1. Ask yourself these questions: Do I want to be leader? Am I ready to accept the tasks and challenges others are not? Am I willing to pay the price for excellence? Am I willing to dedicate time and energy to work beyond what I am paid? Unless you can answer "yes" to these questions, you aren't yet ready. Yes, I want to be a leader. I was a leader/director at a church camp this past summer. I feel I can do it. Yes, I am ready to accept the tasks and challenges others are not because I tend to do what others dont get done plus my tasks that need completed. What is the price for excellence? Hopefully, soon, I will be paid salary but that wont matter if I am under 40 hours or overtime. So, in a way, yes I am willing to dedicate that time and energy because in my mind, it will help further my career and make me a stronger and better person. I answered yes to pretty much all of them so I guess that means I am ready!
2. Map your journey. Create a detailed written statement of your current work responsibilities. Map out your career path, complete with benchmarks and milestones. My current work responsibilities include typing up the weekly schedule, write out when invoices/bills are due, make sure product is scanned into the computer and the labels are the correct price, and make sure any other and all other paperwork is completed. I would not like to remain in retail the rest of my life but if I went from part time sales associate to manager over night than I think I can make a career out of doing something with retail.
3. Write out a professional operating system. A professional operating system is a detailed list of ongoing actions you regularly execute to be the best at your job. Arrive 15 min before the store is to open to open the register and answer voice mails. Set up meetings with other stores to cross advertise. Talk to churches and mothers-day-out groups to promote our store. Keeping everything including the back stock room in order. Making a filing system of important paperwork and such. Responding to emails and voicemail in a timely manner.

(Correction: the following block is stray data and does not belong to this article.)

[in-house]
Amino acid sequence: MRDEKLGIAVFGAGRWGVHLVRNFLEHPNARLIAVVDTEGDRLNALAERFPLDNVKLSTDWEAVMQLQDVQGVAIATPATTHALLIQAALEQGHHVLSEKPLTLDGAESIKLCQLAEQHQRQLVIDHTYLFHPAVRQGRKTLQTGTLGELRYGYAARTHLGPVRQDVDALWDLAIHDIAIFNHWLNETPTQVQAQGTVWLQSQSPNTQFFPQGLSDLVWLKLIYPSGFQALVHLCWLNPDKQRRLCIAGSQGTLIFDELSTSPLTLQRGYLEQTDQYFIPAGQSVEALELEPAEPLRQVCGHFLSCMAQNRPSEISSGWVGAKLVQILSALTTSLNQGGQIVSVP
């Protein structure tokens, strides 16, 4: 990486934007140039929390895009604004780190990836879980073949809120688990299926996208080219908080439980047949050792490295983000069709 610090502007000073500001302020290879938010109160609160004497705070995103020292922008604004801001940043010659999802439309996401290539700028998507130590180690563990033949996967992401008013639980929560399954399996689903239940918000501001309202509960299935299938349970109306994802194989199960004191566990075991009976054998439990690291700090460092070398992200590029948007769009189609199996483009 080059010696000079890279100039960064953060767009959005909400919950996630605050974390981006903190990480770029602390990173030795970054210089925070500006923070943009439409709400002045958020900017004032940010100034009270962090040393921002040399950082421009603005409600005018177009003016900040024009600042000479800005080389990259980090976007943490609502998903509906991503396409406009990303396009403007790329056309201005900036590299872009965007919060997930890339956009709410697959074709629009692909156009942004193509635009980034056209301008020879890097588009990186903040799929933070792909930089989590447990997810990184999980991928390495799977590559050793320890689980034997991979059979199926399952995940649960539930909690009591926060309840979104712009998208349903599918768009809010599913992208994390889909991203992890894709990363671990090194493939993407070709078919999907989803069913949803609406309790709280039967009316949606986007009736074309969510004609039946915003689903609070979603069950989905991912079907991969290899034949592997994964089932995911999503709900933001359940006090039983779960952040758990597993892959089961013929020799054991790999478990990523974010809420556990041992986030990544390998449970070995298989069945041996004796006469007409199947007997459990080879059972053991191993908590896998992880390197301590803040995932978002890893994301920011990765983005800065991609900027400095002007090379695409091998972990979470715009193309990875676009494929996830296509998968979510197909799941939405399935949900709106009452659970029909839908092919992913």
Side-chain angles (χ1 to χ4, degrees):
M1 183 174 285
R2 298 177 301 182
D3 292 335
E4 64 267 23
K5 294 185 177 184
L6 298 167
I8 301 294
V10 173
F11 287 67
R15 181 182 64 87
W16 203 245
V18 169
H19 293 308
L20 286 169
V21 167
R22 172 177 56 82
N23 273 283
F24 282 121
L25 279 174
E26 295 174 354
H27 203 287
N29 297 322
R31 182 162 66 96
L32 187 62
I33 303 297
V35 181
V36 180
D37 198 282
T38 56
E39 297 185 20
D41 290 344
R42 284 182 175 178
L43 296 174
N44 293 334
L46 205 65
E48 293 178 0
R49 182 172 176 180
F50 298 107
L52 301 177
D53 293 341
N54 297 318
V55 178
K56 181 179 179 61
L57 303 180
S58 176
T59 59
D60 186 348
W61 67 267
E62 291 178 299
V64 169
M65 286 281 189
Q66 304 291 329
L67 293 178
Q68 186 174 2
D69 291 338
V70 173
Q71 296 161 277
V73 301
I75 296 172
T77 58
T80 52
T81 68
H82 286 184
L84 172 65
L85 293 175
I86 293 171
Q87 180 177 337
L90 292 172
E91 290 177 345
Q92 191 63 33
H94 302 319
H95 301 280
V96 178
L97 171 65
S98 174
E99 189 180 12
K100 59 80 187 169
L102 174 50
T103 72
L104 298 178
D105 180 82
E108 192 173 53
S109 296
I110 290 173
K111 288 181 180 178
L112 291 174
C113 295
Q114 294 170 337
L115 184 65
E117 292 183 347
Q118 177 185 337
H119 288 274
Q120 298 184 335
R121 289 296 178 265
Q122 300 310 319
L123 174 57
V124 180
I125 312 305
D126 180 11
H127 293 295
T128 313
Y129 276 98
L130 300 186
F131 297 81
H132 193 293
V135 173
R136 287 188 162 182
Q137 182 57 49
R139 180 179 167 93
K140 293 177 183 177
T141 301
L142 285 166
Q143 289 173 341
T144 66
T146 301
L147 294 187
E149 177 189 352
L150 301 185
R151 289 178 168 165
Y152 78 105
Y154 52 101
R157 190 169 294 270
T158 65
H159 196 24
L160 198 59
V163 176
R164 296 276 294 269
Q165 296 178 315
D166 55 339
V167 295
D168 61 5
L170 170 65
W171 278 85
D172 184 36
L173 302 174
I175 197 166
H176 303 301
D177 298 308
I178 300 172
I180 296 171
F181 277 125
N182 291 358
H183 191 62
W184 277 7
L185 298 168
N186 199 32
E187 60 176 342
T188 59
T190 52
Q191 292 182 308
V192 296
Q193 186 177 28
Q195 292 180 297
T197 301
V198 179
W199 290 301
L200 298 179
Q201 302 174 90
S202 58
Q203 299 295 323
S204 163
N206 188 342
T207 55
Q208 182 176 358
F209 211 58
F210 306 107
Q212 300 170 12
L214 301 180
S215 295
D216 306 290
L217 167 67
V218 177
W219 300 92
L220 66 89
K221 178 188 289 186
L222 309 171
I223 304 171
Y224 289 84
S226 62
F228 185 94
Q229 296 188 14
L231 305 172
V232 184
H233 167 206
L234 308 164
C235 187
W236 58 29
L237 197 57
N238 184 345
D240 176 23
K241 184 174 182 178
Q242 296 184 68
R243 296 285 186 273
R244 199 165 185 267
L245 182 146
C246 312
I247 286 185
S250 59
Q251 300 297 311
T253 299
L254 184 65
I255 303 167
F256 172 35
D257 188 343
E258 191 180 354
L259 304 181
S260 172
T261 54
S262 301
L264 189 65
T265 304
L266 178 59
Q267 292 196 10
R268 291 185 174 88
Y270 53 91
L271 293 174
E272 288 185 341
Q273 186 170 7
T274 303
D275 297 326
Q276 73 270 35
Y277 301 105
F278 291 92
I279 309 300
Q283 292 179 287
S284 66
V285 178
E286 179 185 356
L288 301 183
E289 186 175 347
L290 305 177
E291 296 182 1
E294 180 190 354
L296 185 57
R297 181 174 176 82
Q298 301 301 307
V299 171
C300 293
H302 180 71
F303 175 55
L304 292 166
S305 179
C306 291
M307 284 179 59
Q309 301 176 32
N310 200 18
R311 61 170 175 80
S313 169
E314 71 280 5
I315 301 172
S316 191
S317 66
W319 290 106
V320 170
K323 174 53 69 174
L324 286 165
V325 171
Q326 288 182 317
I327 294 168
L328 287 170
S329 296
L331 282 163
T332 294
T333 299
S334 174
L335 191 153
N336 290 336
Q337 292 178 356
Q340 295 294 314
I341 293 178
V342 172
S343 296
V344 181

4. Write a personal operating system. A personal operating system is a detailed list of ongoing actions you adopt to take extremely good care of yourself as a human being. This includes identifying your personal values, such as integrity or respect. *This will take a while to write out*
5. Create a professional growth system. Identify and execute the steps to further your technical knowledge and industry related expertise. There's always more to read, listen and study, and in a year's time you'll be ahead of your peers. 6. Create a personal growth system. Understanding human communication, leadership and relationships is vital to the success of any manager. In addition to studying others, the study of yourself will expand insight, understanding and wisdom that are second to none. 7. Learn from life. Seek out to exploit every possible experience, whether it's good or bad, to extract learning and wisdom. Document your insights and lessons learned, and write a plan on how to do things better next time. 8. Find a running partner. Develop a partnership with another person to whom you can be accountable. When you have a partner who is pursuing a parallel path, you are more likely to do what you've set out to do. Schedule weekly meetings to share your experiences, get new ideas, and stay focused and on track. I have one other lady that works with me and she is better at product knowledge and selling that managerial aspects and we all have our set skills but to me she is my "partner in crime" as she has been with the company over 8-9 yrs and knows all the product and the systems more than I do but as just a "sales associate" I am considering her my Assistant Manager as she knows the store like the back of her hand.
I am a stay at home mom looking for a job while going from married to single. This blog is just thoughts on a day to day basis about my life and how more and more, I am ending up or sounding like my own mother.